Supreme Court Raises Bar to Prove Discriminatory Retaliation Cases

In a 5- 4 decision announced June 24, 2013, the United States Supreme Court made it more difficult for workers to prove they have been retaliated against on the job. In the decision of University of Texas Southwestern Medical Center v Nassar, the Court clarified the standard for plaintiffs who claim they have faced negative employment decisions in retaliation for complaints of employment discrimination in Title VII actions. Title VII of the Civil Rights Act of 1964 prohibits employers from making employment related decisions where the decision is motivated by a person’s trait, such as race, color, religion, sex or national origin. Justice Kennedy, in writing for the majority, noted that a plaintiff, in making a retaliation claim, must establish that his or her protected activity (e.g., filing the Complaint), was the “but for” cause of the alleged adverse action by the employer. The “but for” test is commonly used to determine actual causation. The test in the retaliation context simply asks: but for the existence of a complaint, would the employment action have occurred.

In a thorough examination of the text, structure and history of Title VII, including the Civil Rights Act of 1991, Justice Kennedy said that retaliation cases should have a higher standard of proof than in regular employment discrimination cases under Title VII. In a typical discrimination case, employers can be liable if wrongful discrimination is a “motivating factor” in the employment decision.

The case concerns Naiel Nassar, a physician of Middle Eastern descent, who resigned from his university position claiming illegal discrimination from a supervisor based upon unlawful considerations of his religious and ethnic heritage. He further claimed he was retaliated against and was not allowed to keep his job at an affiliate hospital due to his complaints. The university’s Chair of Internal Medicine had protested the plaintiffs continued employment at the affiliate hospital because once an employee resigned from the university, they could no longer work at the hospital pursuant to an underlying agreement.

Mr. Nassar sued the university claiming racial and religious discrimination and retaliation. Originally, the jury found for the plaintiff on all counts and awarded him $400,000 in back pay and $3,000,000 in compensatory damages, later reduced to $300,000 by the District Court. The Court of Appeals affirmed in part and vacated in part, but affirmed the retaliation award ruling that the Chair of Internal Medicine was motivated, at least in part, to retaliate against the plaintiff for his complaints about his supervisor. The Supreme Court granted review of the case on the issue of the proper standard of causation for Title VII retaliation claims because the U.S. Circuit Courts of Appeals were divided on the correct standard. Up until this case, the First, Sixth and Seventh Circuits required plaintiffs to show there would have been no adverse action but for the plaintiff’s complaint, while the Fifth and Eleventh Circuits required plaintiffs to show that a desire to retaliate was a “motivating” factor on the employer’s part.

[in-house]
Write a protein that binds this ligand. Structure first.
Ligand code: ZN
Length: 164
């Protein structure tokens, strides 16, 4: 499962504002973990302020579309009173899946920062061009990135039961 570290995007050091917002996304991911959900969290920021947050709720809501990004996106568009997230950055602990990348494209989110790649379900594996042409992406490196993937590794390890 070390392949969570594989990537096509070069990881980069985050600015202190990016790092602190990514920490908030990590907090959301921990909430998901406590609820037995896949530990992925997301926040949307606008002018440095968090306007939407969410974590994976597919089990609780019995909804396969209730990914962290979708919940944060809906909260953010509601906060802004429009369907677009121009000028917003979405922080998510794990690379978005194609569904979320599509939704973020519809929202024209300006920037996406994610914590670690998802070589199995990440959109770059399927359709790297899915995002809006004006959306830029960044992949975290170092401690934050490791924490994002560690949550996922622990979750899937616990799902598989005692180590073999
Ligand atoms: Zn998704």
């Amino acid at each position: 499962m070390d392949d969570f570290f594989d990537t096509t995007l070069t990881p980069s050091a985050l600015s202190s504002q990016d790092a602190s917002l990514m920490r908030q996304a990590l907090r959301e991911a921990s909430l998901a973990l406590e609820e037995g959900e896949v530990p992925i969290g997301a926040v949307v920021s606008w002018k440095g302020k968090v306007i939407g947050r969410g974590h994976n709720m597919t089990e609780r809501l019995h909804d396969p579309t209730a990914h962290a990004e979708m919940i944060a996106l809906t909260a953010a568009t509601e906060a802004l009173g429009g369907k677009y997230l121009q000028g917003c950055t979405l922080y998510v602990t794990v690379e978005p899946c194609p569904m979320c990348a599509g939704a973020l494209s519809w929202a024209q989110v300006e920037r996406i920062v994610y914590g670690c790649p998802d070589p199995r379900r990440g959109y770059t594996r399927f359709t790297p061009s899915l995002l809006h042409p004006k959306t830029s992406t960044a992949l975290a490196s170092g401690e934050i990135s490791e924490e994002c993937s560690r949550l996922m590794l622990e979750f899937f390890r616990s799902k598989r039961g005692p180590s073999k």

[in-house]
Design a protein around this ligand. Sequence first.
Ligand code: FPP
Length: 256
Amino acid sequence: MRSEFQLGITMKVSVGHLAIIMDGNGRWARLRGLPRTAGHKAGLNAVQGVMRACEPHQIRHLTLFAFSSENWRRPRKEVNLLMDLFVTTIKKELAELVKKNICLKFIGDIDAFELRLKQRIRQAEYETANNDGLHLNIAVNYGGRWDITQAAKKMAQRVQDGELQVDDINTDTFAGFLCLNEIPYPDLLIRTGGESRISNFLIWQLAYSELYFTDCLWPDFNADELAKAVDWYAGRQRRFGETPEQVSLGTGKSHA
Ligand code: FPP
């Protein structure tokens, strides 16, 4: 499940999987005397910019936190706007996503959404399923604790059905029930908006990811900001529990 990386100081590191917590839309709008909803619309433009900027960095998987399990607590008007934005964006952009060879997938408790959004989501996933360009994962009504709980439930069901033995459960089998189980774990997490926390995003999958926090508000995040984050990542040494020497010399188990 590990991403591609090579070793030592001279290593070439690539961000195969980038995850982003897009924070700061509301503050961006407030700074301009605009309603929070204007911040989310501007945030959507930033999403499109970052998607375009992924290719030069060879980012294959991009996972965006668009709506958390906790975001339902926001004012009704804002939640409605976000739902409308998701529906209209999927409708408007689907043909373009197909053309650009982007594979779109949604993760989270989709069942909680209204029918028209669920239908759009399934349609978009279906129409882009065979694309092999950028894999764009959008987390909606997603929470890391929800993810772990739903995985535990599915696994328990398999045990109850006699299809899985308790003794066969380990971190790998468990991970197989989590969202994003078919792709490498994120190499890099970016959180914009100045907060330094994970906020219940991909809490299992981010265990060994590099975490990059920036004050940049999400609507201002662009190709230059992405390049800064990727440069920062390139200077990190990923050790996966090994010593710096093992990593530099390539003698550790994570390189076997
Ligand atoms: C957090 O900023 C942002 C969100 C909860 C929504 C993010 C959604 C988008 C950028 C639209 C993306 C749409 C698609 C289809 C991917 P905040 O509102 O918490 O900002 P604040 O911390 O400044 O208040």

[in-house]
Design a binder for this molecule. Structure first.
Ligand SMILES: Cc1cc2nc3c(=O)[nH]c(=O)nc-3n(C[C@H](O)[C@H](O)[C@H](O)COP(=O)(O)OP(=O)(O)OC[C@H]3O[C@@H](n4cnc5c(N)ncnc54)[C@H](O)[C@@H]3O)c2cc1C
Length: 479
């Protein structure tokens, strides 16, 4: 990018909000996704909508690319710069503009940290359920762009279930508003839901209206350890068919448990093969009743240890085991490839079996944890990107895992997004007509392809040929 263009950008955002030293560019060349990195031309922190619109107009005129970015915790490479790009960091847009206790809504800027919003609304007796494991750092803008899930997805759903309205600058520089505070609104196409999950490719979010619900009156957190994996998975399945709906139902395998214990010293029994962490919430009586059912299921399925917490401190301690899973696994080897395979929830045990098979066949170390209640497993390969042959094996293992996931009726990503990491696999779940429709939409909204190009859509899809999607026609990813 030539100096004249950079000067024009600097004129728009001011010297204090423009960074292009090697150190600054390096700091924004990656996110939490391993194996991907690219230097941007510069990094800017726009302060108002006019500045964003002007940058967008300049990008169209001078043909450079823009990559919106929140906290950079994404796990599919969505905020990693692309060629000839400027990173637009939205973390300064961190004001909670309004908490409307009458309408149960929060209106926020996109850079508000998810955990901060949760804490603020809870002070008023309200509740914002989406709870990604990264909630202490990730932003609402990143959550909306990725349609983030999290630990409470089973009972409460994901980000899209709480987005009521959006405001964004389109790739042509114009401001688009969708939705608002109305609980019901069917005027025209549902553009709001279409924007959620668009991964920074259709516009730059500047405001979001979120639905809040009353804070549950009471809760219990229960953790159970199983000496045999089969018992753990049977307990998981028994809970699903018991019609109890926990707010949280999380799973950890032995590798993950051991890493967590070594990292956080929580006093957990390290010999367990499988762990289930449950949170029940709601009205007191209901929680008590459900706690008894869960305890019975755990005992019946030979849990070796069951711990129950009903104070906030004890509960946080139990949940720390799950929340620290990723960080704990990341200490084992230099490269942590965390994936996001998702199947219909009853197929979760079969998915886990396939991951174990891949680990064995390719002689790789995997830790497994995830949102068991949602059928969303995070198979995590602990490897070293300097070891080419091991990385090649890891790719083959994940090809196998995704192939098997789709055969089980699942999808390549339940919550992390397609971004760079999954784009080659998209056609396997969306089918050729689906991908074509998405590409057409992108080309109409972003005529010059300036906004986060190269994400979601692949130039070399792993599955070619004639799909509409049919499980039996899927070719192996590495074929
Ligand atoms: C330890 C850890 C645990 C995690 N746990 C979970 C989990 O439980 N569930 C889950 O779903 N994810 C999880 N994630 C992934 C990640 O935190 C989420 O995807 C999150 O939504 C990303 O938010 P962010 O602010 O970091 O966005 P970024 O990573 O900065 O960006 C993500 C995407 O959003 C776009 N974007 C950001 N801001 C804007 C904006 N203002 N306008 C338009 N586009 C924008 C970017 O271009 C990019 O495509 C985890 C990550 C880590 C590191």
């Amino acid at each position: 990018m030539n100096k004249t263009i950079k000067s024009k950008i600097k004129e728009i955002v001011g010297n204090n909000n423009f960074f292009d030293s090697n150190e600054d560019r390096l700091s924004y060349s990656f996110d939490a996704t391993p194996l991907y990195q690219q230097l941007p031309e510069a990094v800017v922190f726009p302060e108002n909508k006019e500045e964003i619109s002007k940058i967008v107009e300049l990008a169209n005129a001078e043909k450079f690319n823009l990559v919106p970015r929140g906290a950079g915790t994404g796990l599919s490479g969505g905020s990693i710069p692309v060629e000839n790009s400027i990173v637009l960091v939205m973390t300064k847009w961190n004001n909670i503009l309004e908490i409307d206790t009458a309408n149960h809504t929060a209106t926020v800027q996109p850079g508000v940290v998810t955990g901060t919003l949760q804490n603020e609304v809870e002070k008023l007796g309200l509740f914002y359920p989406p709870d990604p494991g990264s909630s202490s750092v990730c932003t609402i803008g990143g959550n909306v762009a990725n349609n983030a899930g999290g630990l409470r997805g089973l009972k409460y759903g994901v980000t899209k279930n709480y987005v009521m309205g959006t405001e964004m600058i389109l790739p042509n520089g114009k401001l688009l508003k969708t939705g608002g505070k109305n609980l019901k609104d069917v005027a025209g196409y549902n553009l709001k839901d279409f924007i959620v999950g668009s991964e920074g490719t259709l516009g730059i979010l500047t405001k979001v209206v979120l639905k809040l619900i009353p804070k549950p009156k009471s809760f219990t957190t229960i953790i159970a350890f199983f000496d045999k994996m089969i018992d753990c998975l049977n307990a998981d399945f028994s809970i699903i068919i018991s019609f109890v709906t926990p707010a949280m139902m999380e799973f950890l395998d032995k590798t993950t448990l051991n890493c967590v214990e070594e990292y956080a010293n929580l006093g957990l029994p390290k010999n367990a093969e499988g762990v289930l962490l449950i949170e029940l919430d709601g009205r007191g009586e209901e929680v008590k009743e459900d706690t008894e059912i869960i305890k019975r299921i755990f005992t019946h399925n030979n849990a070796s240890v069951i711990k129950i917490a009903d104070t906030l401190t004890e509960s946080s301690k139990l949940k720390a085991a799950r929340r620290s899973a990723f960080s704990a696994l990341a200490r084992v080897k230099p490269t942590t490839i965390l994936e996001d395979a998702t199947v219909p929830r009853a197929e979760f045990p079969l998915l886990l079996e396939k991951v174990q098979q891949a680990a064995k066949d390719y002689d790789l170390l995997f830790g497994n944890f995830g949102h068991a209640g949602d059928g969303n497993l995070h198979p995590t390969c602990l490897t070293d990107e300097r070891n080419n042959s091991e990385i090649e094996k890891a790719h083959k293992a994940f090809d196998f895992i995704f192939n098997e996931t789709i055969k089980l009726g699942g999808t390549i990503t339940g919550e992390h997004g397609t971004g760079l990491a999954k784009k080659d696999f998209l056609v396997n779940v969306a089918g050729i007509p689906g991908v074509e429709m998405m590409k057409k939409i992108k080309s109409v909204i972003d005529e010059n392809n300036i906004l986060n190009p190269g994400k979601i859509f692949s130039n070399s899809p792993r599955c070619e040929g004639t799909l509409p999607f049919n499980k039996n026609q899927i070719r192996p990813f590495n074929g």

Justice Kennedy noted that the proper causation standard in retaliation cases was needed because the number of such cases with the EEOC had nearly doubled in the last 15 years, rising to more than 31,000 in 2012. Ultimately, the Court vacated the Fifth Circuit’s decision and remanded the case for further proceedings consistent with the Supreme Court’s decision.

In sum, employers who are now defending Title VII retaliation cases can successfully argue that the plaintiff has the burden of proving that he or she would not have experienced a negative employment action “but for” his or her prior complaint. In turn, the employer is not liable if it would have taken the same action, i.e., discipline, termination or not hired an applicant for other non-discriminatory reasons. Further, defendants in Title VII retaliation claims may also consider if they have grounds to ask for reconsideration if prior Court rulings have allowed a plaintiff to use a “motivating” factor standard. Finally, an employer’s best protection against retaliation claims continues to be written documentation demonstrating legitimate non-discriminatory business reasons for taking unfavorable employment actions against employees.

Elizabeth Rae-O’Donnell, an attorney in our Livonia office, concentrates her practice on municipal law and labor and employment law. She can be reached at (734) 261-2400 or brae@cmda-law.com.